While some countries, including Spain, Portugal, and Cyprus, have introduced national entry and exit tracking systems, these can’t track whether a non-EU national leaves the EU via another country.

The overwhelming of border management by irregular migration in recent years, which has allowed asylum seekers and migrants to travel onward within the Schengen area, has also created tensions between EU countries.

This is why the Commission believes an EU-wide EES system, which will not apply to citizens from the EU or Schengen area, is needed.

Much delayed and mixed opinions

Despite this, the EES, its introduction and its cost have faced significant criticism; though criticism of any project of its size and significance should be expected.

The EES was originally meant to launch in 2022, then postponed till May 2023, and is now slated to be delivered by the end of 2023.

While the EU’s executive insists it will cut waiting times at borders, member states have wildly different opinions.

Some countries, such as Lithuania agree with the Commission, but many more don’t.

Austria stated in November that “the additional tasks resulting from the EES regulation will lead to a sharp increase in process times. Currently, we expect process times to double compared to the current situation.”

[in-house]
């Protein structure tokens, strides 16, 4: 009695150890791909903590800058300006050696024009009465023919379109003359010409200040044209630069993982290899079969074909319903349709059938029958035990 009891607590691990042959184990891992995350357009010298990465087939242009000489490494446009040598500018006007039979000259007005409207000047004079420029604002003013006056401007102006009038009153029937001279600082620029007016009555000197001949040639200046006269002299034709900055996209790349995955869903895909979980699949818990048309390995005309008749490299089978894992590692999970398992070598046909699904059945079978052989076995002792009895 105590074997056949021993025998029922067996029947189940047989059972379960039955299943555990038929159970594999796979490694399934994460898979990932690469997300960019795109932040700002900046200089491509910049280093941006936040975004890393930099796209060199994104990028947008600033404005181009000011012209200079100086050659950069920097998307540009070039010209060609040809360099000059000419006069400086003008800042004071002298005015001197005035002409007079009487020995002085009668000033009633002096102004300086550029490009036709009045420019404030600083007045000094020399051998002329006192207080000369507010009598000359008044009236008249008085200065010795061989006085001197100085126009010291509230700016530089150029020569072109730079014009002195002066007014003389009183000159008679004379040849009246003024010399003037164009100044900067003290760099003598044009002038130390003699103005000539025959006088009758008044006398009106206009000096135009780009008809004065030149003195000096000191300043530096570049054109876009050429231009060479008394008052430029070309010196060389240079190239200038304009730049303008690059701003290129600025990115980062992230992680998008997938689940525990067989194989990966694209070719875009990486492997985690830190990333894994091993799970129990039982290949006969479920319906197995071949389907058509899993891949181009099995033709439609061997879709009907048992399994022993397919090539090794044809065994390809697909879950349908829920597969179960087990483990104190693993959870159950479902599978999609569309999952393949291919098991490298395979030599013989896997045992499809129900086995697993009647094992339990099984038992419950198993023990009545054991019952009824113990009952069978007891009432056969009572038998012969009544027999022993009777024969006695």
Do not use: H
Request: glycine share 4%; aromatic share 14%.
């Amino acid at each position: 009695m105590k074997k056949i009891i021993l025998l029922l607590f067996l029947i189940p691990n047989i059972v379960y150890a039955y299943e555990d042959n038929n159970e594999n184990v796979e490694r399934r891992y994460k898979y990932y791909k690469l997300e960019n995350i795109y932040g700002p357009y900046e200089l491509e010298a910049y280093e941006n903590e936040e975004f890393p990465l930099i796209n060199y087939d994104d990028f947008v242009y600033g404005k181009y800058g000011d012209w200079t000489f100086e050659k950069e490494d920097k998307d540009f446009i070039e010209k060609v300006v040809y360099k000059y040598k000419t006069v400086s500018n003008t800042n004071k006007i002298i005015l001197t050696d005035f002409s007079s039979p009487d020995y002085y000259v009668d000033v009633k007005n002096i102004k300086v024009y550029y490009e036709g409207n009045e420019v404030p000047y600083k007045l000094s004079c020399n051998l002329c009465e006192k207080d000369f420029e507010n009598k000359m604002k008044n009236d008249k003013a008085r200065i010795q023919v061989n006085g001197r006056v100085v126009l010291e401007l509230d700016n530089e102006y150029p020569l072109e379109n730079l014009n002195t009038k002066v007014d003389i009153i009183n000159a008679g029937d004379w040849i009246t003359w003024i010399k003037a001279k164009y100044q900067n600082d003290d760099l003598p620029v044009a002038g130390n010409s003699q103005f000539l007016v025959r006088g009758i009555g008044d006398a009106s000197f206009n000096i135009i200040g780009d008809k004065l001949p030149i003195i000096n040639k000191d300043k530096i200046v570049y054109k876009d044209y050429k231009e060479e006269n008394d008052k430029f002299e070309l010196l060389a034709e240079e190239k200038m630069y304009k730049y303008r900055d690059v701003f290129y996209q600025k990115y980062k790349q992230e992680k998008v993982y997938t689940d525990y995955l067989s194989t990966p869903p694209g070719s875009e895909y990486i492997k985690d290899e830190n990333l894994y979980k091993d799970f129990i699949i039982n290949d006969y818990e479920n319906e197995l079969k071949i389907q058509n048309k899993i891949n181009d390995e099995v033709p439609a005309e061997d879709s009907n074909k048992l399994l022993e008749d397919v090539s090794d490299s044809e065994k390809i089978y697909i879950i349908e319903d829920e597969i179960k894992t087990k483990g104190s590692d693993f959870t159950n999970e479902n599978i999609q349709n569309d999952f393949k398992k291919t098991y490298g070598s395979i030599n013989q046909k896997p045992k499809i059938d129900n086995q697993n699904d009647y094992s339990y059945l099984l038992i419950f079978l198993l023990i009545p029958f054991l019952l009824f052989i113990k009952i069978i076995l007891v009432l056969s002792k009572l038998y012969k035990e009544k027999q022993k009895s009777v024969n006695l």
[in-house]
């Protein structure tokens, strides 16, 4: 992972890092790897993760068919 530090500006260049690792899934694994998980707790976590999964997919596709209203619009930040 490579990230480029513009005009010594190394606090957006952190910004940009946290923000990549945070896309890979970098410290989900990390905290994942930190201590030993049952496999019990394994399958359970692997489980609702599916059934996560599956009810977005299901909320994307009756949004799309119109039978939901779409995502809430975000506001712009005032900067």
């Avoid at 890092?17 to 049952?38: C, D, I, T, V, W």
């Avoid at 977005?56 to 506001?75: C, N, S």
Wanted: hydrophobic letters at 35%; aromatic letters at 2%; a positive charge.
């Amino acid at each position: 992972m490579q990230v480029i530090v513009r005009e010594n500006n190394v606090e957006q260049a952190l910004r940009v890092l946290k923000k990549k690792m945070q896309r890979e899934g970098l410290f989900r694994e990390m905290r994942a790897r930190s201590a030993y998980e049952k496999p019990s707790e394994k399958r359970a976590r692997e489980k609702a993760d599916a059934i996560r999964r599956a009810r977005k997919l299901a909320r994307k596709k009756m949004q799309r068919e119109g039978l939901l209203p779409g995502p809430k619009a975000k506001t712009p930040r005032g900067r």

This concern is shared by Germany, which said that “passenger flows at the border crossing points were analysed in close cooperation with the aviation industry. It is estimated that control times for passengers will increase significantly by the introduction of EES.”

The scheme has also been criticised by digital rights NGOs, experts, advocates and academics at the European Digital Rights (EDRi) group.

Chloé Berthélémy, Senior Policy Advisor at EDRi called for “the prohibition of biometric mass surveillance and other biometric surveillance practices that disproportionately curtail rights and freedoms.”

She also warned against “the securitisation of migration issues and the strengthening of ‘Fortress Europe'” and the risks posed by potential cyber attacks on centralised digital identity databases.